Natural Products Insider is part of the Informa Markets Division of Informa PLC

This site is operated by a business or businesses owned by Informa PLC and all copyright resides with them. Informa PLC's registered office is 5 Howick Place, London SW1P 1WG. Registered in England and Wales. Number 8860726.

Fruits with cognitive health benefits.jpg

Fruits provide innovative edge with cognitive health benefits

Fruits and vegetables are sources of macro and micronutrients that can benefit cognitive health.

In addition to exercising and getting adequate sleep, correct nutrition plays a major role in the development, protection and maintenance of brain functions. The human brain requires a constant supply of nutrients, vitamins and minerals to keep up with the extraordinary workload of the central nervous system.

The brain only makes up about 2% of the weight of a human adult. At the same time, this organ can be burning up to 20% of all consumed calories (Fundamental neuroscience, 4th Edition). With signals racing through the neural network at 268 miles per hour, it’s no wonder the brain has such high metabolic demands. It is critical to feed the body correctly so it has the resources to build, guard and preserve this vital system.

Fruits and vegetables are powerhouses of nutrition, supplying concentrated and tasty sources of macro and micronutrients that can help reduce stress and slow age-related decline in brain function. “Fruits are an essential part of any healthy diet because they supply several key nutrients such as vitamin C, potassium and B vitamins,” according to the article, “Fruits Containing Vitamin B.”

Fruits have always carried a healthy halo image and now might be an effective ingredient solution for formulating products targeting brain health. Bananas, pomegranates, pineapples, apricots, blueberries and strawberries all contain vitamin B, while vitamin C can be found naturally in guavas, strawberries, blackberries and citrus fruits. Fruits that are a good source of fiber include apples, raspberries, blackberries and pears.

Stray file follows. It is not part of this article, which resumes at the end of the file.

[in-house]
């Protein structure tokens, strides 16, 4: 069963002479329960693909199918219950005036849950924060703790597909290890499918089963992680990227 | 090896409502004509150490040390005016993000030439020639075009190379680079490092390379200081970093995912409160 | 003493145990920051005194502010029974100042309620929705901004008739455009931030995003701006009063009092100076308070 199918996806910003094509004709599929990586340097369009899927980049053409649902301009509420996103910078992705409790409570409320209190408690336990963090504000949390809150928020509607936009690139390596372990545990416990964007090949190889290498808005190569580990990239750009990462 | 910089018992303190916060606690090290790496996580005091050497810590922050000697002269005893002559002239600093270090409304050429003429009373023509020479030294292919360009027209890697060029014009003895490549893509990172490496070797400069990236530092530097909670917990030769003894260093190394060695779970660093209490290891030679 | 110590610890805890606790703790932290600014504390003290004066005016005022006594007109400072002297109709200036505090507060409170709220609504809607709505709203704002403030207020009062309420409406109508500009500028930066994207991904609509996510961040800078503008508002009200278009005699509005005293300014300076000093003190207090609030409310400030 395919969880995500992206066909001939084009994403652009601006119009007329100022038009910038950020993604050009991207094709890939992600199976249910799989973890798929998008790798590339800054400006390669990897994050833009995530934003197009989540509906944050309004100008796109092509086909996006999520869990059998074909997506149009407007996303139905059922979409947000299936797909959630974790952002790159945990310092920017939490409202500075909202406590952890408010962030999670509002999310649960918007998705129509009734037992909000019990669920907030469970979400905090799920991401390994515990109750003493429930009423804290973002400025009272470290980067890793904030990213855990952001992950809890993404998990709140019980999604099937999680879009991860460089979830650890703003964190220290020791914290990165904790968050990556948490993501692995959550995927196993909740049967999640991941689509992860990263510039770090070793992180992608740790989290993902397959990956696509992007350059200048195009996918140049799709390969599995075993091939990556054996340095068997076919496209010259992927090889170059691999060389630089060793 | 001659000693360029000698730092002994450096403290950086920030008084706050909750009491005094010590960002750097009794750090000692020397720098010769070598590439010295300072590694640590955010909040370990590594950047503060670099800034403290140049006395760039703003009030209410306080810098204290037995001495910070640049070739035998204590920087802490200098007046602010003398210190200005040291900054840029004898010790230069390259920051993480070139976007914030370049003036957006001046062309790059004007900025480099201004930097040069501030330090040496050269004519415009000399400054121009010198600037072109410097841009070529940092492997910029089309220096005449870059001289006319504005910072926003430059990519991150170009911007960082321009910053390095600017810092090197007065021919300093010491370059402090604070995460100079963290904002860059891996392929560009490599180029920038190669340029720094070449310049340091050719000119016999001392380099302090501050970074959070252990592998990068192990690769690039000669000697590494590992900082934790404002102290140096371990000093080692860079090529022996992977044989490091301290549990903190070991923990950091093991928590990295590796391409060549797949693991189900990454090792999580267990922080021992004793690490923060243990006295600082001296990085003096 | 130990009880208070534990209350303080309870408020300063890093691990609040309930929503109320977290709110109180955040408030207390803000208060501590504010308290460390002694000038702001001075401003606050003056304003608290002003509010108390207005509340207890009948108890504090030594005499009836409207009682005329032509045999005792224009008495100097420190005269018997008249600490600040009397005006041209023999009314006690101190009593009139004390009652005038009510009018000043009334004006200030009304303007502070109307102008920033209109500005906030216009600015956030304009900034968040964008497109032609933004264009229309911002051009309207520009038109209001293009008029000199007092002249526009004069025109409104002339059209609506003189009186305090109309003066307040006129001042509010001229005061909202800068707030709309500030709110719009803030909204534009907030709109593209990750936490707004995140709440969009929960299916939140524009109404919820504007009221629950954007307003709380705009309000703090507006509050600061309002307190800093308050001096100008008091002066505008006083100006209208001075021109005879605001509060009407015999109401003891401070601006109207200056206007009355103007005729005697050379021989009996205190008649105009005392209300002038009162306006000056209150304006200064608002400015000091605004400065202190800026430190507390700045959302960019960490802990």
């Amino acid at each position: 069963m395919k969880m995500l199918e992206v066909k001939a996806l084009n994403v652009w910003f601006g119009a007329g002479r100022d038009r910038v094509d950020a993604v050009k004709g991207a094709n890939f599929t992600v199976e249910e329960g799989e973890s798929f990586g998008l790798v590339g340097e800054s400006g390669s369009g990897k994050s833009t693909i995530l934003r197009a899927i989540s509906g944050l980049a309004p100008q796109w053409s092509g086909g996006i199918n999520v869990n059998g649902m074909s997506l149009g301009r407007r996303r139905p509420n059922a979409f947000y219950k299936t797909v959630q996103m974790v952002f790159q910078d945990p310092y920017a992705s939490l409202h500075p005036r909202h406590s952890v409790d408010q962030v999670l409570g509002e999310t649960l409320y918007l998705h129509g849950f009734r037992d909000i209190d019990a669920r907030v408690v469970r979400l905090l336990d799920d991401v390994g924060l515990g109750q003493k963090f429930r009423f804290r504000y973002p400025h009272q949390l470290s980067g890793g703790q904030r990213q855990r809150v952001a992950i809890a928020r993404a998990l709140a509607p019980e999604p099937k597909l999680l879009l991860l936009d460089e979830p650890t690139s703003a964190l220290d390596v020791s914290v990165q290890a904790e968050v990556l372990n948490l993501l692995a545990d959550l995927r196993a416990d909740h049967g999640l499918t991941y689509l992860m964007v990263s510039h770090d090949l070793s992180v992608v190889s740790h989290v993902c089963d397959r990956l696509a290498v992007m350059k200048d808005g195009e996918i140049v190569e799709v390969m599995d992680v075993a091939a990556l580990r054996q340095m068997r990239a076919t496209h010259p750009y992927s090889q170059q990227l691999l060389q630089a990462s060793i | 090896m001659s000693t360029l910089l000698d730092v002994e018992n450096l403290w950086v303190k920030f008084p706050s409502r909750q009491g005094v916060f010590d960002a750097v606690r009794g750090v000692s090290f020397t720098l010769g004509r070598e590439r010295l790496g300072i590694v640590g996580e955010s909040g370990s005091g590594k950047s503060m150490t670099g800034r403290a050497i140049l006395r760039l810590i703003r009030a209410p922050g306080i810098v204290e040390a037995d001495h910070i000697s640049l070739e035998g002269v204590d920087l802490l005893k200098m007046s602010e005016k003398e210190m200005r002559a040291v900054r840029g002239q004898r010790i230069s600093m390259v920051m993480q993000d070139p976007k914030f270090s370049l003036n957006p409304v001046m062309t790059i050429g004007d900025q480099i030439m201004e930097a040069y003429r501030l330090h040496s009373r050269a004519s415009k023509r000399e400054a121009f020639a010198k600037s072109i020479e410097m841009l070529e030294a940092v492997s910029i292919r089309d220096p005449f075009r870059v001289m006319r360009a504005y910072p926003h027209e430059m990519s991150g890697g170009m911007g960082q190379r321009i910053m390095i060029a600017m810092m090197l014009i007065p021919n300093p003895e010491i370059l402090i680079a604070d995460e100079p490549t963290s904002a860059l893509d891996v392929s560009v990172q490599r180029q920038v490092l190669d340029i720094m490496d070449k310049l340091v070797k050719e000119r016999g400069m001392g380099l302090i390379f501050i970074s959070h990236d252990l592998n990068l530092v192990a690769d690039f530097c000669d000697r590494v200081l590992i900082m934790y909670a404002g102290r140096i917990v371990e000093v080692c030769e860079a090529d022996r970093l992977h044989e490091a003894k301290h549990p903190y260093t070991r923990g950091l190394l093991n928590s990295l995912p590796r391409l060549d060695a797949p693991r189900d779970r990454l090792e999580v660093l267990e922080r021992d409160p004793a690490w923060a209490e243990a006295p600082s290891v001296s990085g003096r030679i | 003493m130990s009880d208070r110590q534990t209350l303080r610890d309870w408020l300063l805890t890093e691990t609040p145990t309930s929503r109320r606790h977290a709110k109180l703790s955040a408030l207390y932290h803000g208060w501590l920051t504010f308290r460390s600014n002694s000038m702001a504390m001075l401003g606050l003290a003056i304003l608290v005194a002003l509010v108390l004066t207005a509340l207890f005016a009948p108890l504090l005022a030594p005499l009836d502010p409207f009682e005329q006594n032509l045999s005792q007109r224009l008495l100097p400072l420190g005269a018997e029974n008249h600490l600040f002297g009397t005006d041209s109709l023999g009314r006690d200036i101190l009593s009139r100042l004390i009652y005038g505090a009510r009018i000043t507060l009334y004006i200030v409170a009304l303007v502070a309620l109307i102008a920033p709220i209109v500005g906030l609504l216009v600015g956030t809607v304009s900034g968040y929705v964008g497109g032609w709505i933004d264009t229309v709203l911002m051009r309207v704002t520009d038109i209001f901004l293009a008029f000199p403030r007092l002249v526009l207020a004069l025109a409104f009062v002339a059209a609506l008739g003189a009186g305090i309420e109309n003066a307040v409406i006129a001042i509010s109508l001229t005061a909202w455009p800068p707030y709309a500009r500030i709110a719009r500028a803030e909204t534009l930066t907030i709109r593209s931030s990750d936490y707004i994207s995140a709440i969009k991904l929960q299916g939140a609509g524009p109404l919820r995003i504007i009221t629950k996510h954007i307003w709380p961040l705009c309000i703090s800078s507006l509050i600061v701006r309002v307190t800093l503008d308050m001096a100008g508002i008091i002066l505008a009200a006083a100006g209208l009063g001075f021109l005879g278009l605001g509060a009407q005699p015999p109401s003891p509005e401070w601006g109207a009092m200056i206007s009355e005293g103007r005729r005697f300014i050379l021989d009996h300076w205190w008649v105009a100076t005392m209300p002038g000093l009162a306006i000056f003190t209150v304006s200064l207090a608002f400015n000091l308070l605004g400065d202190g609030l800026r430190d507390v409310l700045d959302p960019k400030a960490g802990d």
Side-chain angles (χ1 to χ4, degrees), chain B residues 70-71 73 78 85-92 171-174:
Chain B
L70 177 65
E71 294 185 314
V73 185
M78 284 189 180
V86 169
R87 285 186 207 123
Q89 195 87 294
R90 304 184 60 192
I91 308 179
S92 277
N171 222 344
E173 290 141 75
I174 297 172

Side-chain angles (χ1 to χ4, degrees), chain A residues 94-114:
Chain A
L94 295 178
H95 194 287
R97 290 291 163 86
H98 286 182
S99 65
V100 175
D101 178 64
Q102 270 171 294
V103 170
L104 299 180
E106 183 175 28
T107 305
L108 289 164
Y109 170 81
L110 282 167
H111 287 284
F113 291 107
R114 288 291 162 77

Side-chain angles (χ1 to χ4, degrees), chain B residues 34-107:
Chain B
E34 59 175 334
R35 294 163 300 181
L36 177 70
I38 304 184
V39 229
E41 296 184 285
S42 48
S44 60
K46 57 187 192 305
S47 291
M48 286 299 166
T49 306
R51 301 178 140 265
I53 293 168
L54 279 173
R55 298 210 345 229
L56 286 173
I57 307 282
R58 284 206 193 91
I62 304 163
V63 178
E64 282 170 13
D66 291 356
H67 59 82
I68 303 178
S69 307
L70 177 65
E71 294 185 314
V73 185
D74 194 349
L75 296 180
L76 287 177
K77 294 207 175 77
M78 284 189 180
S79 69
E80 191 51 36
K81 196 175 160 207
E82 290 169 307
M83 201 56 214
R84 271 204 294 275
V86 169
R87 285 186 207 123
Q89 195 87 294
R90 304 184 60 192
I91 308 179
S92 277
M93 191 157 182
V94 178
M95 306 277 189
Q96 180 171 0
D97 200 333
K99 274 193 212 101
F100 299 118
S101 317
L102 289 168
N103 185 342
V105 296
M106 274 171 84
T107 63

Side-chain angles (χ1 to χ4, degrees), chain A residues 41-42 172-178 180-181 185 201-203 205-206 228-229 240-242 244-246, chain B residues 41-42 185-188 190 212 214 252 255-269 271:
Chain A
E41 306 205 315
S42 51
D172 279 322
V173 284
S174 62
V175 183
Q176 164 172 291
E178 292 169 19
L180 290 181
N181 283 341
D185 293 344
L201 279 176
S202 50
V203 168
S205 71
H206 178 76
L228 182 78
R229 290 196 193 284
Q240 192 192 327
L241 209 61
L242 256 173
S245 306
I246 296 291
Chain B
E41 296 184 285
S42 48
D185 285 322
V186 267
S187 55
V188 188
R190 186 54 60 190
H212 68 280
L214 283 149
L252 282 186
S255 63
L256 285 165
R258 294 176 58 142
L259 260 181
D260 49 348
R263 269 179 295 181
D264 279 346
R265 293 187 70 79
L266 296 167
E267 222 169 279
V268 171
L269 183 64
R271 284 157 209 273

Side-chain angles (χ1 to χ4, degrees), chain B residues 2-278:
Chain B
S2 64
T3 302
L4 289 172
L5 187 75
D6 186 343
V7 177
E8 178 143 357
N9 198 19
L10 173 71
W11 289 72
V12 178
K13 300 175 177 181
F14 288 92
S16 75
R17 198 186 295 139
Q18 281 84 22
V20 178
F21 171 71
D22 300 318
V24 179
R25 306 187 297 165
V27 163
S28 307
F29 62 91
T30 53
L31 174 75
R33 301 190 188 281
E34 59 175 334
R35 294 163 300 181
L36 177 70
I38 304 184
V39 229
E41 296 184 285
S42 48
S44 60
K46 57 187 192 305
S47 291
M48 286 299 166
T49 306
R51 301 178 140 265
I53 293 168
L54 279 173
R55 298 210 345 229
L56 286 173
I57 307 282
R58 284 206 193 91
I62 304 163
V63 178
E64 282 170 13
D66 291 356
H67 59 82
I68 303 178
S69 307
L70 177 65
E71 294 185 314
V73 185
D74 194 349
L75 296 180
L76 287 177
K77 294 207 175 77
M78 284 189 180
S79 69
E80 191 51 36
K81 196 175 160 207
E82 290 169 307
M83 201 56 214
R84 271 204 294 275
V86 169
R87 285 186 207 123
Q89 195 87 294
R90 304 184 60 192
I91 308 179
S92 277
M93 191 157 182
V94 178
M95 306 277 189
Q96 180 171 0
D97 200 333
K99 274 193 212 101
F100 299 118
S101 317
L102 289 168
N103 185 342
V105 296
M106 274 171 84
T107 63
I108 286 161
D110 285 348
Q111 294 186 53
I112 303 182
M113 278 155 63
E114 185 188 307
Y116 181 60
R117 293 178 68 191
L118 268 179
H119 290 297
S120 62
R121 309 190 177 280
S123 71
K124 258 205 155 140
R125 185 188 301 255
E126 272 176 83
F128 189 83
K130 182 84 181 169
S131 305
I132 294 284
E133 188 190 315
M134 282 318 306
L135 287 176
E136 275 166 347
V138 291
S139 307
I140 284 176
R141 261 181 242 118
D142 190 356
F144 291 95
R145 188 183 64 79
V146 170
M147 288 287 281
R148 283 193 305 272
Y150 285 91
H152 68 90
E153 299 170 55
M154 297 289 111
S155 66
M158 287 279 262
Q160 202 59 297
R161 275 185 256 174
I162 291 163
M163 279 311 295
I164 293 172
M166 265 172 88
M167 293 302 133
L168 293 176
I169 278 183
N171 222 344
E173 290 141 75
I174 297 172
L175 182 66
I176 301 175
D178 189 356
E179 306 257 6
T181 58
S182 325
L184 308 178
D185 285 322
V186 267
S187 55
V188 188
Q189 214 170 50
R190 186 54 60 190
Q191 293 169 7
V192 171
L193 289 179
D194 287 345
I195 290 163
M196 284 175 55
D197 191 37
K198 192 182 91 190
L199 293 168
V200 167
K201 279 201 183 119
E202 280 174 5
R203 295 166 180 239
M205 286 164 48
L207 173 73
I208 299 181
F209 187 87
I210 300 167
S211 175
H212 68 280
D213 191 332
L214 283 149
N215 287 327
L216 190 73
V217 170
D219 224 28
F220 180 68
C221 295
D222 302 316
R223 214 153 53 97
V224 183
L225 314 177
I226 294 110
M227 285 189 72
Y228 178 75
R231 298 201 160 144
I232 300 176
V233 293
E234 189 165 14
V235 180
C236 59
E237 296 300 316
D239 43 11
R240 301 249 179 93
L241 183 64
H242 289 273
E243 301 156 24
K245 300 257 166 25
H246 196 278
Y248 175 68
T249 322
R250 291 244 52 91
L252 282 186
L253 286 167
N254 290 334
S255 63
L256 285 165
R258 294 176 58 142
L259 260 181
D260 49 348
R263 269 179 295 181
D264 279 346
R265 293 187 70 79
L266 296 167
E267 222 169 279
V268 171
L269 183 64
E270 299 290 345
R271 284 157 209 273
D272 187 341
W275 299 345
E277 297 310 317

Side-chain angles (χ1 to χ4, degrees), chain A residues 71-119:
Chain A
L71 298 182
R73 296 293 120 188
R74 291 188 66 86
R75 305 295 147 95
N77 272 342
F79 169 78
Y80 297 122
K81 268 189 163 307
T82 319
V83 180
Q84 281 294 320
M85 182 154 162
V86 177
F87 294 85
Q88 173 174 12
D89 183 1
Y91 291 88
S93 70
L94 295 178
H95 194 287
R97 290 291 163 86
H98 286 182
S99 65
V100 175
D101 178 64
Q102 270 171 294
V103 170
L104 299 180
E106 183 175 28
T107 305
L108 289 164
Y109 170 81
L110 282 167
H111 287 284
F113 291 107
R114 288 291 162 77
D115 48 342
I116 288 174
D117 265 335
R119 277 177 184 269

Learn more about how fruits can help reduce stresses and slow age-related decline in brain function in this full article, which appears in INSIDER’s Healthy Aging digital magazine.

Becky Douglas joined the Tree Top team in 2017. Prior to her transition to her current role, Becky spent 10 years in the food industry. She holds a bachelor’s degree in chemical engineering from Oregon State University. Before joining Tree Top Inc., Becky specialized in food manufacturing process and package systems. More recently, her career has focused on the science of fruit, and the processes used to convert it into delicious ingredients. Becky is serving our industry with innovative solutions by tapping into her diverse processing expertise and scientific approach to all fruit matters. When Becky isn’t pondering the next fruit solution, she enjoys gardening with her husband.


Hide comments


  • Allowed HTML tags: <em> <strong> <blockquote> <br> <p>

Plain text

  • No HTML tags allowed.
  • Web page addresses and e-mail addresses turn into links automatically.
  • Lines and paragraphs break automatically.